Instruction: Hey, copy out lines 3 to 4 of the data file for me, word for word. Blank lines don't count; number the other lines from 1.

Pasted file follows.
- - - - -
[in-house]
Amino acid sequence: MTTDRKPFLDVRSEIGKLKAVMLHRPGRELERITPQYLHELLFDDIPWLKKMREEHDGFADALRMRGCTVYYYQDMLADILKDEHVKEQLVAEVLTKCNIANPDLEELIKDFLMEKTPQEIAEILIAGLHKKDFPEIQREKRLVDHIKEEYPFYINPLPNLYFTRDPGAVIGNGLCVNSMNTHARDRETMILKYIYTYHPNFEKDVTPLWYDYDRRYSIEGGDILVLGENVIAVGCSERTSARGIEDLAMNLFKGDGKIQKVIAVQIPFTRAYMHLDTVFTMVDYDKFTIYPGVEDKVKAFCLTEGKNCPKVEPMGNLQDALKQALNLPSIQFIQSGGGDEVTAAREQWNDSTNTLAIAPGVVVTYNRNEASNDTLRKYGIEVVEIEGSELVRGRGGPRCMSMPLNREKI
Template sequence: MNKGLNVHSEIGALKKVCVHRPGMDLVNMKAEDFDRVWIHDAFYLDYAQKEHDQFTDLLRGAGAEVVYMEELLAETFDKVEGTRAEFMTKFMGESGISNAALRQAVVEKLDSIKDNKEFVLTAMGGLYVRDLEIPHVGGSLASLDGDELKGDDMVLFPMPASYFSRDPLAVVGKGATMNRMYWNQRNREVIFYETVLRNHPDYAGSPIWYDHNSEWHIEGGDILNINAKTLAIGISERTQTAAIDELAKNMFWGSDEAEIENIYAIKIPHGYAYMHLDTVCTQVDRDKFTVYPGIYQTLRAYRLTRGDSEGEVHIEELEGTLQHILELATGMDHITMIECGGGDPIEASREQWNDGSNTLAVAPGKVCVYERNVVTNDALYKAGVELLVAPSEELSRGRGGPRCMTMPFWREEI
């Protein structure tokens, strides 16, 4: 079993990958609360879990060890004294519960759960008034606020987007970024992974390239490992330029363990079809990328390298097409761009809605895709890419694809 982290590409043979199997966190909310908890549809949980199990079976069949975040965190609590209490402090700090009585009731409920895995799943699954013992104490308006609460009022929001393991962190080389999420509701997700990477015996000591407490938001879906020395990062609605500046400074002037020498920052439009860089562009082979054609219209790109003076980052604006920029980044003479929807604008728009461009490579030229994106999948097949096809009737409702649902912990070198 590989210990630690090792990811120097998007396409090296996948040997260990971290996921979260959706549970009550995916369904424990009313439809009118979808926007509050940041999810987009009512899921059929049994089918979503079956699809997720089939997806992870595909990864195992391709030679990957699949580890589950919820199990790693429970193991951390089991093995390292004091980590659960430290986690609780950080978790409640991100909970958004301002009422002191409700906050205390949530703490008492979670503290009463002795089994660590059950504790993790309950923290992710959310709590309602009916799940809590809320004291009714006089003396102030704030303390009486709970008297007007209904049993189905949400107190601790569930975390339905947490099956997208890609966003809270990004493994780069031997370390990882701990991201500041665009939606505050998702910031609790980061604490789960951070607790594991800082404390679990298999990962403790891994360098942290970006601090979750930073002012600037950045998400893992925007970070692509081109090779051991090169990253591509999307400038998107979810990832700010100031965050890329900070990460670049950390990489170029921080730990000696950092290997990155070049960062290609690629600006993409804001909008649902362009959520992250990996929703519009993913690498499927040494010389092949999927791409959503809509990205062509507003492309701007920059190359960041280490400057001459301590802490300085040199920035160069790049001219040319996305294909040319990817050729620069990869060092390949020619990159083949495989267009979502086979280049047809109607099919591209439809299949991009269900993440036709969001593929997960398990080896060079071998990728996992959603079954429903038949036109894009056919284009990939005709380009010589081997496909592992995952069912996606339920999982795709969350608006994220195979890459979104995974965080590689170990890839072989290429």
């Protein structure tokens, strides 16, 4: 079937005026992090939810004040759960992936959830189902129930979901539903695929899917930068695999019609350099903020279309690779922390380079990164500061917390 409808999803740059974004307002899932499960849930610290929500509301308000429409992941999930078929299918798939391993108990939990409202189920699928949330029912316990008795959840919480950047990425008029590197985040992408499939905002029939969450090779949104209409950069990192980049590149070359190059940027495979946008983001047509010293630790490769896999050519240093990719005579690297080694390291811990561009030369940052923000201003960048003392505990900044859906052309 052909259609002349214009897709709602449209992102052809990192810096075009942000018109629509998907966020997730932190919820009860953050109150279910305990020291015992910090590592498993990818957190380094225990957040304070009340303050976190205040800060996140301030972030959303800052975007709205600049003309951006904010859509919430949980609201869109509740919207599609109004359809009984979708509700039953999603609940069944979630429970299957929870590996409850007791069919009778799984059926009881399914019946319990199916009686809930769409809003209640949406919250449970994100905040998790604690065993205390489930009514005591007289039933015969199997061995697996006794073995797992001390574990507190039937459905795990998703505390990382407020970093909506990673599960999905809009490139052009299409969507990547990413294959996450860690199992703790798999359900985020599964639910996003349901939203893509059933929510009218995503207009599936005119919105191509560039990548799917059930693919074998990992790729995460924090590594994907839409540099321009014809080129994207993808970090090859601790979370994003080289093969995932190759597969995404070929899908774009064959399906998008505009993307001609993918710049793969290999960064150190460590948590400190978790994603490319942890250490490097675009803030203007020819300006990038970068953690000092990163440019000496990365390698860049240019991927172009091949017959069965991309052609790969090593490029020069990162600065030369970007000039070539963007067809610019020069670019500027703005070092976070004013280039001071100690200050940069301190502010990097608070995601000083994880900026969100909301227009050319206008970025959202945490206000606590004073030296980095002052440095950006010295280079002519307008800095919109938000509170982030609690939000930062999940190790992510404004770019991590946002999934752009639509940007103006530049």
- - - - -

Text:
Template sequence: MNKGLNVHSEIGALKKVCVHRPGMDLVNMKAEDFDRVWIHDAFYLDYAQKEHDQFTDLLRGAGAEVVYMEELLAETFDKVEGTRAEFMTKFMGESGISNAALRQAVVEKLDSIKDNKEFVLTAMGGLYVRDLEIPHVGGSLASLDGDELKGDDMVLFPMPASYFSRDPLAVVGKGATMNRMYWNQRNREVIFYETVLRNHPDYAGSPIWYDHNSEWHIEGGDILNINAKTLAIGISERTQTAAIDELAKNMFWGSDEAEIENIYAIKIPHGYAYMHLDTVCTQVDRDKFTVYPGIYQTLRAYRLTRGDSEGEVHIEELEGTLQHILELATGMDHITMIECGGGDPIEASREQWNDGSNTLAVAPGKVCVYERNVVTNDALYKAGVELLVAPSEELSRGRGGPRCMTMPFWREEI
């Protein structure tokens, strides 16, 4: 079993990958609360879990060890004294519960759960008034606020987007970024992974390239490992330029363990079809990328390298097409761009809605895709890419694809 982290590409043979199997966190909310908890549809949980199990079976069949975040965190609590209490402090700090009585009731409920895995799943699954013992104490308006609460009022929001393991962190080389999420509701997700990477015996000591407490938001879906020395990062609605500046400074002037020498920052439009860089562009082979054609219209790109003076980052604006920029980044003479929807604008728009461009490579030229994106999948097949096809009737409702649902912990070198 590989210990630690090792990811120097998007396409090296996948040997260990971290996921979260959706549970009550995916369904424990009313439809009118979808926007509050940041999810987009009512899921059929049994089918979503079956699809997720089939997806992870595909990864195992391709030679990957699949580890589950919820199990790693429970193991951390089991093995390292004091980590659960430290986690609780950080978790409640991100909970958004301002009422002191409700906050205390949530703490008492979670503290009463002795089994660590059950504790993790309950923290992710959310709590309602009916799940809590809320004291009714006089003396102030704030303390009486709970008297007007209904049993189905949400107190601790569930975390339905947490099956997208890609966003809270990004493994780069031997370390990882701990991201500041665009939606505050998702910031609790980061604490789960951070607790594991800082404390679990298999990962403790891994360098942290970006601090979750930073002012600037950045998400893992925007970070692509081109090779051991090169990253591509999307400038998107979810990832700010100031965050890329900070990460670049950390990489170029921080730990000696950092290997990155070049960062290609690629600006993409804001909008649902362009959520992250990996929703519009993913690498499927040494010389092949999927791409959503809509990205062509507003492309701007920059190359960041280490400057001459301590802490300085040199920035160069790049001219040319996305294909040319990817050729620069990869060092390949020619990159083949495989267009979502086979280049047809109607099919591209439809299949991009269900993440036709969001593929997960398990080896060079071998990728996992959603079954429903038949036109894009056919284009990939005709380009010589081997496909592992995952069912996606339920999982795709969350608006994220195979890459979104995974965080590689170990890839072989290429």